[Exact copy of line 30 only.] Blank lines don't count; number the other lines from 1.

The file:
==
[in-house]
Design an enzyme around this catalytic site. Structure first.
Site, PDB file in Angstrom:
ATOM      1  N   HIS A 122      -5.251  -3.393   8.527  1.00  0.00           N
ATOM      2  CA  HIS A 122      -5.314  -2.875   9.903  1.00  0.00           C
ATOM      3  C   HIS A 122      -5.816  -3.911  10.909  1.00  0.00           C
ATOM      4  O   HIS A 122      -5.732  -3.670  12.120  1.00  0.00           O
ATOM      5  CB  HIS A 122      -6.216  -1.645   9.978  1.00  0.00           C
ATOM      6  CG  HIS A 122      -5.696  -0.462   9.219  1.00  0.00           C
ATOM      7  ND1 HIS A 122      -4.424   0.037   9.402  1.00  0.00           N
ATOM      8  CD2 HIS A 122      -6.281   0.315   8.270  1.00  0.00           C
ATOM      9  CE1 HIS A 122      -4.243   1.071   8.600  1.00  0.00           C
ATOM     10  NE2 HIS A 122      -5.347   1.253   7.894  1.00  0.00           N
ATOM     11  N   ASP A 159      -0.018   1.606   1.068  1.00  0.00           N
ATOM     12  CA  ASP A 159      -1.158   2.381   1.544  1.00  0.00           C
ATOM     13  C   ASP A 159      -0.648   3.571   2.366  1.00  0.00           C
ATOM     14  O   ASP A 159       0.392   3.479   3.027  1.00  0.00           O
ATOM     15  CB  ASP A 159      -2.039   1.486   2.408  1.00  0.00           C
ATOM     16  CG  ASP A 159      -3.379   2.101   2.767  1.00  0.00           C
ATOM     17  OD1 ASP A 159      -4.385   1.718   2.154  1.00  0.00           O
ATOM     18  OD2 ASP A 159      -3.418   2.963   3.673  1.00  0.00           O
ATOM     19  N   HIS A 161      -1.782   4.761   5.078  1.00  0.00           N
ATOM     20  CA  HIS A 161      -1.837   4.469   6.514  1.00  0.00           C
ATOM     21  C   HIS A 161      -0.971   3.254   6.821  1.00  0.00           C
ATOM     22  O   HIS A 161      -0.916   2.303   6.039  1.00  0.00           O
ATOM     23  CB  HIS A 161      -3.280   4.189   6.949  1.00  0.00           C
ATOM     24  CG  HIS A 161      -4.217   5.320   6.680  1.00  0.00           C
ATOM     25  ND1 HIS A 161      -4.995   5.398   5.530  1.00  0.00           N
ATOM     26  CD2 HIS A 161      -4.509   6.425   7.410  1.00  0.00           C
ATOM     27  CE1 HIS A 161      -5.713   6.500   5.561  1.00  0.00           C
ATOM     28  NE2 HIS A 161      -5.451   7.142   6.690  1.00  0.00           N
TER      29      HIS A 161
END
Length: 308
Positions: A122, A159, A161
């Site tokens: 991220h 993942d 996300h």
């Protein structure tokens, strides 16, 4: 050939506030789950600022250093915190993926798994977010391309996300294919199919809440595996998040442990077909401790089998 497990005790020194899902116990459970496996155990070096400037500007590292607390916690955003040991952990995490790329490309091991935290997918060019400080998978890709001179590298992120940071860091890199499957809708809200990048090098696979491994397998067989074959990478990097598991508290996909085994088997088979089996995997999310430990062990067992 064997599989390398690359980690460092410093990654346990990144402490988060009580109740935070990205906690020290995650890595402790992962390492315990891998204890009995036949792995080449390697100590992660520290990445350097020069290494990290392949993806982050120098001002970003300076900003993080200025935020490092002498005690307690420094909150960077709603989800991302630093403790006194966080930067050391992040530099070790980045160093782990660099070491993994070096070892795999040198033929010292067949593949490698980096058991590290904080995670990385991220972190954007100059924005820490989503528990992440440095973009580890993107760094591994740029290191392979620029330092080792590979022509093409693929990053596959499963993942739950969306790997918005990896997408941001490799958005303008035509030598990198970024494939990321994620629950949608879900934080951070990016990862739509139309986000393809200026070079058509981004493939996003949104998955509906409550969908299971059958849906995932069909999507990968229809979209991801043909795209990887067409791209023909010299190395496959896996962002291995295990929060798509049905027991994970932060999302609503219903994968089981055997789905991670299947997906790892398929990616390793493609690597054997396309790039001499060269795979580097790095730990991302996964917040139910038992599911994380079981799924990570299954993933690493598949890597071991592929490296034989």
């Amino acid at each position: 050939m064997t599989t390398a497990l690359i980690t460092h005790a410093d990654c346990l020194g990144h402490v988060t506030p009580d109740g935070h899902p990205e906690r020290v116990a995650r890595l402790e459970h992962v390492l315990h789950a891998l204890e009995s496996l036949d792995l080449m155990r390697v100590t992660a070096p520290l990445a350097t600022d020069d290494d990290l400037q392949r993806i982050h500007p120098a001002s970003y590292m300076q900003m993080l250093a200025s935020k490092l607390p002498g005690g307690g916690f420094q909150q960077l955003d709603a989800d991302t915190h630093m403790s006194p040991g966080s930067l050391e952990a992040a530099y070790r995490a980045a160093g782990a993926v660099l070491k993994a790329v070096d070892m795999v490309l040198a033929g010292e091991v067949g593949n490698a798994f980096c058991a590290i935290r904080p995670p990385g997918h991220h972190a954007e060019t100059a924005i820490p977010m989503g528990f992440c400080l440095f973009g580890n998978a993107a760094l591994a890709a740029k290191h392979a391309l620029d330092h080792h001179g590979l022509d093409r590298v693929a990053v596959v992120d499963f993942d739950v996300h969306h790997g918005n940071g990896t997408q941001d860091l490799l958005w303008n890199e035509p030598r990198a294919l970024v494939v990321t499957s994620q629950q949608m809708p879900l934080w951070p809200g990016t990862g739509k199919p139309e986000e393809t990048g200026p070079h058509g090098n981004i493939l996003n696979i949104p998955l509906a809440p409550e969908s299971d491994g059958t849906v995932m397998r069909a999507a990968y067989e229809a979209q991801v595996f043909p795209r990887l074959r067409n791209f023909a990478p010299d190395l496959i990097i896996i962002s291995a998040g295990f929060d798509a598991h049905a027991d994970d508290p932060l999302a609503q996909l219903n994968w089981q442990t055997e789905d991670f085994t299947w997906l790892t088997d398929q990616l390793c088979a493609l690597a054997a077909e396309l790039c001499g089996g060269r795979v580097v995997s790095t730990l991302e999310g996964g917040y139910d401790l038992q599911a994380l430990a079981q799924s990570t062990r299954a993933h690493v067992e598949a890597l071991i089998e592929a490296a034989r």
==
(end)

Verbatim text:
ATOM     27  CE1 HIS A 161      -5.713   6.500   5.561  1.00  0.00           C